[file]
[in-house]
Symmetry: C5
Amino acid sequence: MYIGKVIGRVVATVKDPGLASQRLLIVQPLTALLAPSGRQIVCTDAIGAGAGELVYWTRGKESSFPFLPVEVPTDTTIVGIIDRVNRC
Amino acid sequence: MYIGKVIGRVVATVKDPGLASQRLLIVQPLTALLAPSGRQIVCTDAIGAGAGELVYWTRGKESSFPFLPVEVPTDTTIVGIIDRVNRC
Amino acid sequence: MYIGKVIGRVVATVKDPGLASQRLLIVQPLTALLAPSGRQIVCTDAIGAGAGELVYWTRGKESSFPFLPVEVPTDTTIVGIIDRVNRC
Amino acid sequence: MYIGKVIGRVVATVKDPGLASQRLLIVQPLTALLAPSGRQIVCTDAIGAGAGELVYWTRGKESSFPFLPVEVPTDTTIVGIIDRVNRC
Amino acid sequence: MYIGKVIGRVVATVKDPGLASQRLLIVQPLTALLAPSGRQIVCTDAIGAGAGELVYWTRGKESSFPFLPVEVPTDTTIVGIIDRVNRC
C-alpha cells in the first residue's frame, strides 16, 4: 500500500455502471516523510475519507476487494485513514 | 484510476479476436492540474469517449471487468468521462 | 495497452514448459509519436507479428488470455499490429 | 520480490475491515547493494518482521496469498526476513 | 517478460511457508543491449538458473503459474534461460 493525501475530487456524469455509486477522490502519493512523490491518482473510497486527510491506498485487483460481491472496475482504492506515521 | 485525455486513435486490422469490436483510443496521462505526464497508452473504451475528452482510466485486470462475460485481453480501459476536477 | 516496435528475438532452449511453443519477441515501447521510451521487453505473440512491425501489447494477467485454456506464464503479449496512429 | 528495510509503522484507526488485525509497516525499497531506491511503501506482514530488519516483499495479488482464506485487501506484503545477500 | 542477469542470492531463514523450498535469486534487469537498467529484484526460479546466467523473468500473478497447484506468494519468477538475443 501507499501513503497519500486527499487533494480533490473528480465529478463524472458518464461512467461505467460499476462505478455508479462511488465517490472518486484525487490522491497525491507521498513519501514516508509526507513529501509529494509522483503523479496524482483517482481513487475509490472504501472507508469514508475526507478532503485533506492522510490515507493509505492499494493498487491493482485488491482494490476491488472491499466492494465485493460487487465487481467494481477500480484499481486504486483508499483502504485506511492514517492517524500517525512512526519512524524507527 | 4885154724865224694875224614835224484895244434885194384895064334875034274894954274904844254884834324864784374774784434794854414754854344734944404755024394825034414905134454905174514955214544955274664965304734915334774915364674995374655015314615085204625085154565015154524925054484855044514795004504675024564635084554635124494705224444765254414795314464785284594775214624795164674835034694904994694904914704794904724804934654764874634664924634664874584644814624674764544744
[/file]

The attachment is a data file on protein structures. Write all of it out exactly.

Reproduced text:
[in-house]
Symmetry: C5
Amino acid sequence: MYIGKVIGRVVATVKDPGLASQRLLIVQPLTALLAPSGRQIVCTDAIGAGAGELVYWTRGKESSFPFLPVEVPTDTTIVGIIDRVNRC
Amino acid sequence: MYIGKVIGRVVATVKDPGLASQRLLIVQPLTALLAPSGRQIVCTDAIGAGAGELVYWTRGKESSFPFLPVEVPTDTTIVGIIDRVNRC
Amino acid sequence: MYIGKVIGRVVATVKDPGLASQRLLIVQPLTALLAPSGRQIVCTDAIGAGAGELVYWTRGKESSFPFLPVEVPTDTTIVGIIDRVNRC
Amino acid sequence: MYIGKVIGRVVATVKDPGLASQRLLIVQPLTALLAPSGRQIVCTDAIGAGAGELVYWTRGKESSFPFLPVEVPTDTTIVGIIDRVNRC
Amino acid sequence: MYIGKVIGRVVATVKDPGLASQRLLIVQPLTALLAPSGRQIVCTDAIGAGAGELVYWTRGKESSFPFLPVEVPTDTTIVGIIDRVNRC
C-alpha cells in the first residue's frame, strides 16, 4: 500500500455502471516523510475519507476487494485513514 | 484510476479476436492540474469517449471487468468521462 | 495497452514448459509519436507479428488470455499490429 | 520480490475491515547493494518482521496469498526476513 | 517478460511457508543491449538458473503459474534461460 493525501475530487456524469455509486477522490502519493512523490491518482473510497486527510491506498485487483460481491472496475482504492506515521 | 485525455486513435486490422469490436483510443496521462505526464497508452473504451475528452482510466485486470462475460485481453480501459476536477 | 516496435528475438532452449511453443519477441515501447521510451521487453505473440512491425501489447494477467485454456506464464503479449496512429 | 528495510509503522484507526488485525509497516525499497531506491511503501506482514530488519516483499495479488482464506485487501506484503545477500 | 542477469542470492531463514523450498535469486534487469537498467529484484526460479546466467523473468500473478497447484506468494519468477538475443 501507499501513503497519500486527499487533494480533490473528480465529478463524472458518464461512467461505467460499476462505478455508479462511488465517490472518486484525487490522491497525491507521498513519501514516508509526507513529501509529494509522483503523479496524482483517482481513487475509490472504501472507508469514508475526507478532503485533506492522510490515507493509505492499494493498487491493482485488491482494490476491488472491499466492494465485493460487487465487481467494481477500480484499481486504486483508499483502504485506511492514517492517524500517525512512526519512524524507527 | 4885154724865224694875224614835224484895244434885194384895064334875034274894954274904844254884834324864784374774784434794854414754854344734944404755024394825034414905134454905174514955214544955274664965304734915334774915364674995374655015314615085204625085154565015154524925054484855044514795004504675024564635084554635124494705224444765254414795314464785284594775214624795164674835034694904994694904914704794904724804934654764874634664924634664874584644814624674764544744